Mexican Blankets for Hot Rods and Custom Cars
A Mexican Serape blanket is an affordable, popular, and good-looking alternative to worn-out interiors in hot rods, customs, gassers, daily drivers, and beaters.
The History of Mexican and Indian Blankets in Cars
Mexican and Indian blankets in cars go back to at least the 1940s. In 1941 you could order your stock Chrysler in a wide variety of interior colors and patterns. The best-known interior design of 1941 was a model called Highlander, which featured plaid seats and a plaid convertible top cover. A less known design was the "Navajo" trim, which was available in the Navajo and the Thunderbird option.
Mexican Blankers Were Cool in the 1950s
According to Howard Gribble, both Mexican and Indian blankets were commonly used to cover over aging and worn stock upholstery in the 1950s and the 1960s. "But sometimes seen over new custom tuck and roll as protection for everyday use. This was especially important in an era when most custom upholstery was partly or wholly white and showed even the slightest soiling. For cruising and car show display the blanket would be put away." In February of 2021, Howard recalled seeing brand new custom interiors where the owner immediately covered the seats with clear plastic covers. "So the seat covering was well protected but at the cost of aesthetics, it seemed to me." Memo Ortega could confirm Howard's story. "Yep we used em way back," he commented on Instagram. According to Memo a lot of guys used them to cover their worn-out seats, while others used them to cover-up their tuck and toll seats. "It was hard to keep the white tuck and roll clean." According to Memo you also used the blankets if you wanted to be cool.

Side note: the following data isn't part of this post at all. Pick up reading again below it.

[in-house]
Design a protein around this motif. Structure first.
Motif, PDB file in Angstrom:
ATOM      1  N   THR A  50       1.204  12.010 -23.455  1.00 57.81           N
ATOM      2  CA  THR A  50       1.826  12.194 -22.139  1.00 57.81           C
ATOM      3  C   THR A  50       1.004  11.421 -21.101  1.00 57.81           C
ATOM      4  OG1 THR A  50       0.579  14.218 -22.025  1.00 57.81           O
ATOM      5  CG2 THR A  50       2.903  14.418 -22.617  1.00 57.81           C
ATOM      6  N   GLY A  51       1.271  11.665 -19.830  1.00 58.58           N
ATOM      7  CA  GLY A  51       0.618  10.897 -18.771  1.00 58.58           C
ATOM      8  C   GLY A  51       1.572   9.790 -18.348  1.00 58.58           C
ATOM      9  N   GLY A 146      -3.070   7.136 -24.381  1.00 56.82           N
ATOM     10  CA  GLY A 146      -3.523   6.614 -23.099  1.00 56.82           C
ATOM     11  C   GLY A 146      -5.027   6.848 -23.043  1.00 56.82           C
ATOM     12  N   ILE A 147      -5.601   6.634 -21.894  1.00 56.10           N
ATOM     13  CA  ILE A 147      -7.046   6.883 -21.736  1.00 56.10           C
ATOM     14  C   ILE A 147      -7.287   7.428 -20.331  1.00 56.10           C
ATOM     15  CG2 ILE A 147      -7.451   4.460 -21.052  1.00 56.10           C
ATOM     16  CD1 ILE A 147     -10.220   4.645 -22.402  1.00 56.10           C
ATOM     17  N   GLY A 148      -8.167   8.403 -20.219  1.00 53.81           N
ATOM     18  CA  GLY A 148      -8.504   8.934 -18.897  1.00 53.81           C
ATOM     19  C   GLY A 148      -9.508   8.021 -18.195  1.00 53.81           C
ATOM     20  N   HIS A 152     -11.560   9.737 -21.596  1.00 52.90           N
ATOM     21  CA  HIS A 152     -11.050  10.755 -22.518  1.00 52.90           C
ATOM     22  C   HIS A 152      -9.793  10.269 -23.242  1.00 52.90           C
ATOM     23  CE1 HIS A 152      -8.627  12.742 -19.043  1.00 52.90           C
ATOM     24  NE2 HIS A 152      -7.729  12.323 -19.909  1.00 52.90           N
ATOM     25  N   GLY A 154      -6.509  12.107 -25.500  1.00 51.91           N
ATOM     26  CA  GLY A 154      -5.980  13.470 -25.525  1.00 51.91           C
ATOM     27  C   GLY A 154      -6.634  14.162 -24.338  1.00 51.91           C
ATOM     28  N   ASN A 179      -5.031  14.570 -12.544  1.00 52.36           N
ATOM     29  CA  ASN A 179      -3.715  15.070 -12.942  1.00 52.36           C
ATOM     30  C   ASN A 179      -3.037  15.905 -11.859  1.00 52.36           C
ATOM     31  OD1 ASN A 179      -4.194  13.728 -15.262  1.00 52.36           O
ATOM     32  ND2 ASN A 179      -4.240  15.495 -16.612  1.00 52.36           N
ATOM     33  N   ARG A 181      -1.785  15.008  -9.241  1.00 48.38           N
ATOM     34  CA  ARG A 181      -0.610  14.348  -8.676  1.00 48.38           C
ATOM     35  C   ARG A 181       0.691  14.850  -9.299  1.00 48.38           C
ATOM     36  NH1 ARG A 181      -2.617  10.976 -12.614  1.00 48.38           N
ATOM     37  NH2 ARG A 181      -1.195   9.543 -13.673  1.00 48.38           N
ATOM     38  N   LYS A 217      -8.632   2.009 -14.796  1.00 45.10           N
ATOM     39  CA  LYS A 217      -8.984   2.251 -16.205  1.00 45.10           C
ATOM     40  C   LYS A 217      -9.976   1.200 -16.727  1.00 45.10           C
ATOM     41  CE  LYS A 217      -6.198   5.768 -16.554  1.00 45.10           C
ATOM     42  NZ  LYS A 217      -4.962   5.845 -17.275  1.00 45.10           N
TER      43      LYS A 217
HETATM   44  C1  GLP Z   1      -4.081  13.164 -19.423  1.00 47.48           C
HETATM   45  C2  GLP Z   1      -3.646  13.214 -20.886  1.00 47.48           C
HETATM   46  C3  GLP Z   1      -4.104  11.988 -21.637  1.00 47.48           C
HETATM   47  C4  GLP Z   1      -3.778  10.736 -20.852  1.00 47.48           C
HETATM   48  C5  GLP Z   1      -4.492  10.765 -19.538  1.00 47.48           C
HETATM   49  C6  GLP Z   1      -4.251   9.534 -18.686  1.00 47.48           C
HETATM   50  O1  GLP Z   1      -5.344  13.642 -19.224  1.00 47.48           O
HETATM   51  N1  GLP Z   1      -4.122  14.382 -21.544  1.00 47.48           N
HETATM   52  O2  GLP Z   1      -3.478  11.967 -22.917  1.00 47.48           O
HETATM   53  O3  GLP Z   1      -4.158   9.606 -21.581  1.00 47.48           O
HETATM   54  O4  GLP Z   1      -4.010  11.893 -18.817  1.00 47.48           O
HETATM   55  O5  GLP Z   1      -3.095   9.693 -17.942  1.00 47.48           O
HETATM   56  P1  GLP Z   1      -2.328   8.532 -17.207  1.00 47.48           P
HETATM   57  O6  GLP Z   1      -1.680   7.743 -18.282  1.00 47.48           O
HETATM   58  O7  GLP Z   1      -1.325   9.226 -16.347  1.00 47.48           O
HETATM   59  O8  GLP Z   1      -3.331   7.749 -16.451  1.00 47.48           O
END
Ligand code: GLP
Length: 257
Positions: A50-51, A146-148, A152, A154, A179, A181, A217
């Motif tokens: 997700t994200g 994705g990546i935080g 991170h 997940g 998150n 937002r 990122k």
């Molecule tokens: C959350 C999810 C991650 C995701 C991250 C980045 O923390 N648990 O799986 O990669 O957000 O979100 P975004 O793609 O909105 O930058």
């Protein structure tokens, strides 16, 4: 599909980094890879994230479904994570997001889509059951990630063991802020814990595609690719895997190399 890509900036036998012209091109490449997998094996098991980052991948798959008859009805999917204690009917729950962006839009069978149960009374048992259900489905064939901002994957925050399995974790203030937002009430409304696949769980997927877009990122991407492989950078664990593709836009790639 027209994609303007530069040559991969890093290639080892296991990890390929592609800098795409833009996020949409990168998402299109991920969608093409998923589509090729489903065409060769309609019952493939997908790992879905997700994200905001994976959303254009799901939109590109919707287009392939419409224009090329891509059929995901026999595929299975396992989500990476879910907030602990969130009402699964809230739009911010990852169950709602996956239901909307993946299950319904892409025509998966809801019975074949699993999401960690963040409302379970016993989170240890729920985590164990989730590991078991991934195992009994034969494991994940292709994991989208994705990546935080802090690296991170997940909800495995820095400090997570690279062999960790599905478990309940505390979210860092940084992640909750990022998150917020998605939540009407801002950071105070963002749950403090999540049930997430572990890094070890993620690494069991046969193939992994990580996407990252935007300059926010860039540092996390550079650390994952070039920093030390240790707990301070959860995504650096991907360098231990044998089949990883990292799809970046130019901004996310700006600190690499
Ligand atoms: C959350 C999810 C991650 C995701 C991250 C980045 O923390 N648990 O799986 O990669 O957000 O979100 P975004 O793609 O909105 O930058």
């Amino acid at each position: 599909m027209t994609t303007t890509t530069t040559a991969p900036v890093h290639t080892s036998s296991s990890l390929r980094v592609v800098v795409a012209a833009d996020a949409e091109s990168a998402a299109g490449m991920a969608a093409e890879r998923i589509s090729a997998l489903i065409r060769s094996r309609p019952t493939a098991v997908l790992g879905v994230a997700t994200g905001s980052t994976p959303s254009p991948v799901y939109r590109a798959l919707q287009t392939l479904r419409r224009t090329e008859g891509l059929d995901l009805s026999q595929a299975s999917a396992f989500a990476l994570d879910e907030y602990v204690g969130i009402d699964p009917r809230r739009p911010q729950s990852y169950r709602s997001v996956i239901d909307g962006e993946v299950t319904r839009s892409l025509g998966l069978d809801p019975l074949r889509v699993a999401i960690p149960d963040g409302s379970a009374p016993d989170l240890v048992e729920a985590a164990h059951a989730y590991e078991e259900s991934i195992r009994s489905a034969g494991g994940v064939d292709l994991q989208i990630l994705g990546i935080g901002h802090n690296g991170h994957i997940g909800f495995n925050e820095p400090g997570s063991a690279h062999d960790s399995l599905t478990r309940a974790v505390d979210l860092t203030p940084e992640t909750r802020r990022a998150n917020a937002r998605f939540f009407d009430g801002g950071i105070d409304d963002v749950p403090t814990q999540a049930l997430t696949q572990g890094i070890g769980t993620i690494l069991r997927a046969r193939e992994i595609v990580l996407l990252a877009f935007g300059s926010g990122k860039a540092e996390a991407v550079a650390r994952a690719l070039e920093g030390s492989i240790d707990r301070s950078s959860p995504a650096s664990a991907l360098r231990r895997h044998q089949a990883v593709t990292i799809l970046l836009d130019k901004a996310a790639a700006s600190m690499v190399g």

In Texas Saddleblankets Were Also Commonly Used
According to Wes Richey the Mexican blankets were very common in San Antonio and South Texas. Saddle blankets were also common for people in the area that didn't have the money it took to get their interior done. Supposedly used since the 1940s, Wes saw a lot of them in the 1970s, usually in early 1950s cars belonging to hippies barbecuing at the city parks on the weekend. 1950s cars were cheap as dirt back then, and it was a cheap solution to bad upholstery in an old used car. In 2021 Wes recalled that folks crossing the border usually brought a few backs on their Tequilla runs.
Tom Walters first saw Mexican blankets in Chula Vista, California in 1968. "I was 10 years old and I had a grown-up cousin living there. We would go to the Safeway nearby every night to see the lowriders. They would cruise and jump their cars and drop the rear end and make lots of sparks. Some had flames coming out of their tailpipes. When we went to Tijuana with him I bought a real wool Saltillo blanket to put on the bench seat of my mom's 62 Pontiac Starchief."
The Big Comeback
In the mid-1990s Mexican Serape blankets became real popular in traditional hot rods all over the world. They became very popular very fast, and in 1994 Mr. Wolf used a Mexican blanket to cover up a bloody Nova in the movie Pulp Fiction. Mexican blankets are still popular in 2021. Not as popular as they were in the 1990s and the 2000s, but you still see them covering up beaten-up interiors in hot rods, customs, and daily drivers all over the world. Just as back in the days, they are also commonly used for protecting expensive custom upholstery jobs. Today many have become tired of the traditional Serape blankets, and they are searching out to find nice alternatives, such as Indian Blankets, Saddle Blankets, or Pendleton Blankets.
Alternatives to Mexican Blankets
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